Monday, December 08, 2008

Reading Again

I have struggled to get back into my routine with reading again after being in the hospital, and the pace at work has kept me from reading as much as I usually do at the office. But I did have a few hours to read through Timothy Keller's new book, The Prodigal God. You may remember that I read Dr. Keller's first book, The Reason for God, earlier this year while we were on vacation in May. As I mentioned in a earlier blog posting, Dr. Keller's first book is on eof the best apologetics books I've ever read. I was so encouraged by reading it that we gathered five neighborhood couples together in our backyard to read through it with us and dicuss its impact on our thinking.

So, when Keller released his second book, The Prodigal God, I quickly ordered a copy. Keller's heart for the gospel is so clear in this book, and as was evident in his first book, he enjoys a firm command of the English language and utilizes clear, lucid thinking in putting his ideas together. He is truly a joy to read.

In this work, Keller writes about the heart of the gospel from the angle of the story of the prodigal son from Luke 15. Instead of emphasizing the younger son, however, as is normally done, Keller writes that Jesus' original intent was to shock his listeners in his description of the heart of the Father, who quickly welcomes back the younger brother and invites the older brother to come in and celebrate with Him. This is a "prodigal" love - extravagant, over-the-top - hence the name of the book. Keller makes a great argument that the real target of this story is not the younger brothers of the world, but the older brothers of the world - those who believe that their self-righteousness is sufficient to have earned them God's favor.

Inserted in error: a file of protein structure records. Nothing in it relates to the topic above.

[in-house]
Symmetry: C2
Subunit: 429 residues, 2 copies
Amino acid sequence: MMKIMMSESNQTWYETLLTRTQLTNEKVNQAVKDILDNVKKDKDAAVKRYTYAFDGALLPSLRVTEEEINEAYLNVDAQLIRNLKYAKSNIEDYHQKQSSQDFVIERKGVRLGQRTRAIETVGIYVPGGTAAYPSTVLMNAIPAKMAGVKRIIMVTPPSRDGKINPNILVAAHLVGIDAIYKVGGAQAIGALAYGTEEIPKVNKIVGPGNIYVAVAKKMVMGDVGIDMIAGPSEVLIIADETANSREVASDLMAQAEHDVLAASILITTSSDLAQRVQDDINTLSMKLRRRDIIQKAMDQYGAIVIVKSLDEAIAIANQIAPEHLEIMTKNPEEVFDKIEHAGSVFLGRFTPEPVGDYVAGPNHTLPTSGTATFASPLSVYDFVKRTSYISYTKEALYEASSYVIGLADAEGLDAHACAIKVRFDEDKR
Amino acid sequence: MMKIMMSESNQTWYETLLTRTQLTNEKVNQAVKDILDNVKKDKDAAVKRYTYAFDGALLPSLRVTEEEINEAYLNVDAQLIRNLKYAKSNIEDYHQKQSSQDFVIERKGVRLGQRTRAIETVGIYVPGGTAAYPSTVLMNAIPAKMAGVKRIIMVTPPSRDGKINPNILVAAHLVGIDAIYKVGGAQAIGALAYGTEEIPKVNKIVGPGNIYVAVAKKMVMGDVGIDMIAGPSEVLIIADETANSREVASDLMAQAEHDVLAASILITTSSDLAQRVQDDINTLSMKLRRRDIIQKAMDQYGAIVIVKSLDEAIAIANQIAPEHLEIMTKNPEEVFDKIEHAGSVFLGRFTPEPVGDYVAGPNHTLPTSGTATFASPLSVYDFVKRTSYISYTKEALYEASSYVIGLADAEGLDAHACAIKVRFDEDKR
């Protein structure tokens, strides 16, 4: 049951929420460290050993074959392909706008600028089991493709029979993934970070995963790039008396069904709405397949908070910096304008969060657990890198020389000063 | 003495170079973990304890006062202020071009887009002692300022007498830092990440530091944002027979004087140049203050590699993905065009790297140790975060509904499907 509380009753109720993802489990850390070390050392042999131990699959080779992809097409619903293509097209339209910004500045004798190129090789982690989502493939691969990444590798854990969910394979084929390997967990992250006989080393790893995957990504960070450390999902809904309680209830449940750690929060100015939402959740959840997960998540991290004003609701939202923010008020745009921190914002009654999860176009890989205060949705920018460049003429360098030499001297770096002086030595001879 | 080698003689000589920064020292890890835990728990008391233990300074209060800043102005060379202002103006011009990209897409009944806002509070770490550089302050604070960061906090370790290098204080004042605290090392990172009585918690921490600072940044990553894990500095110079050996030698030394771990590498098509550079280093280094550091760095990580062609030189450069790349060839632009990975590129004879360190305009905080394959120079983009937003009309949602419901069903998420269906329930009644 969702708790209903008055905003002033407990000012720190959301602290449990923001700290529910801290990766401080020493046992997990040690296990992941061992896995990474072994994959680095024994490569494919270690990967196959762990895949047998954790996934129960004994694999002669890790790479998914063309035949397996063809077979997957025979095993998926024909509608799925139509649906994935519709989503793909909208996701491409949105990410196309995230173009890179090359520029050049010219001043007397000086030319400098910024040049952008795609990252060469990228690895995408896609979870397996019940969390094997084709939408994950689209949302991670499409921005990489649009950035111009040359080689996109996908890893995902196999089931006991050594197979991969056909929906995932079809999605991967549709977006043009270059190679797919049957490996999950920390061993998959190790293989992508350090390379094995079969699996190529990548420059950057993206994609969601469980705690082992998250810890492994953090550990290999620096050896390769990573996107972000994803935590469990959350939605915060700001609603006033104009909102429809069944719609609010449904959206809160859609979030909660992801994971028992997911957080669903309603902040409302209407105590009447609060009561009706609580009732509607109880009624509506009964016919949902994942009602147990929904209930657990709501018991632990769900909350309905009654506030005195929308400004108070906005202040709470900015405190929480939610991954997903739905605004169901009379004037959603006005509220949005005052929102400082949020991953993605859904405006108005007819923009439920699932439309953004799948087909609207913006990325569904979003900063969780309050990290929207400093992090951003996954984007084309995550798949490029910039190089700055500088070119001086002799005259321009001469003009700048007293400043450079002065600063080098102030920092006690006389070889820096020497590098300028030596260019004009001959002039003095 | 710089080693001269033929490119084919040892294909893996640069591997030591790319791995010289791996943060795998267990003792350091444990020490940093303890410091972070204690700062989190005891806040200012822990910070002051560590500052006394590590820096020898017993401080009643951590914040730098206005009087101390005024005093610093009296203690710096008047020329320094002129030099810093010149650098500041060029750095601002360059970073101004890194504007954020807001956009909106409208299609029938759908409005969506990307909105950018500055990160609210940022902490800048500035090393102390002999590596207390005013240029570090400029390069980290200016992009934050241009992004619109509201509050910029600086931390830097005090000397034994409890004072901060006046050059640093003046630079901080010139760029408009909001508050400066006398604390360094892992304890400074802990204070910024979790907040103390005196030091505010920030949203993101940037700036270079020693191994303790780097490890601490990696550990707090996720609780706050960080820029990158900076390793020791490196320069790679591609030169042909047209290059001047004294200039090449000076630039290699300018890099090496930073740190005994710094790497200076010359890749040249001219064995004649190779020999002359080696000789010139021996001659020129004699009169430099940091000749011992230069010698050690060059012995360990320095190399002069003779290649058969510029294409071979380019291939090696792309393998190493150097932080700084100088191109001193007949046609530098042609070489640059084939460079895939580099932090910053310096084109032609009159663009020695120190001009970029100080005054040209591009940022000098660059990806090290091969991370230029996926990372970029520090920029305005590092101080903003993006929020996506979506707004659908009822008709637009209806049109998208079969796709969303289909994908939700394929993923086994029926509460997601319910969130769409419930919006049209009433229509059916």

In reality, the gospel message is that all people (regardless of the conformity of their ethical behavior to the law) need the life-changing grace of the Father. We all need to be converted from the inside out, and this only happens when we see our need for a Savior (which generally is a difficult step for us when we see ourselves are righteous people who have made good decisions throughout our lives). In this, Keller helps to remind us that the gospel is good news because it is so different from religion. Religion (of all stripes) teaches us to live well and keep the rules, and then we will enjoy the blessing and favor of God. The gospel of Jesus, however, shows us that God loves us in Christ before we do anything to serve or love Him. He moves toward us in grace, and we live for Him in response to this amazingly undeserved compassion at work in our hearts.

Keller goes on to argue that our main struggle as Christians is that we have not truly understood the depths of the gospel message. He argues that even if we have believed it so that we can go to heaven, most of us do not live daily in such a way that acknowledges that we have been captured by God's grace. We get into the rut of thinking that God's grace is sufficient for my eternal salvation, but not for my complete transformation. All this does is add religion to the gospel, creating many Christians who live as "older brothers," condemning others for not living as they have, believing in their hearts that somehow they have come to deserve the Father's love.

How incredible and life-changing is the message that Jesus the Christ came to earth, lived a perfect life, died a undeserving death, rose again from the chains of the grave, and ascended to heaven so that I could become a son of His Father. May He in His grace help me not become an older brother but to remember my daily need for His mercy and compassion.

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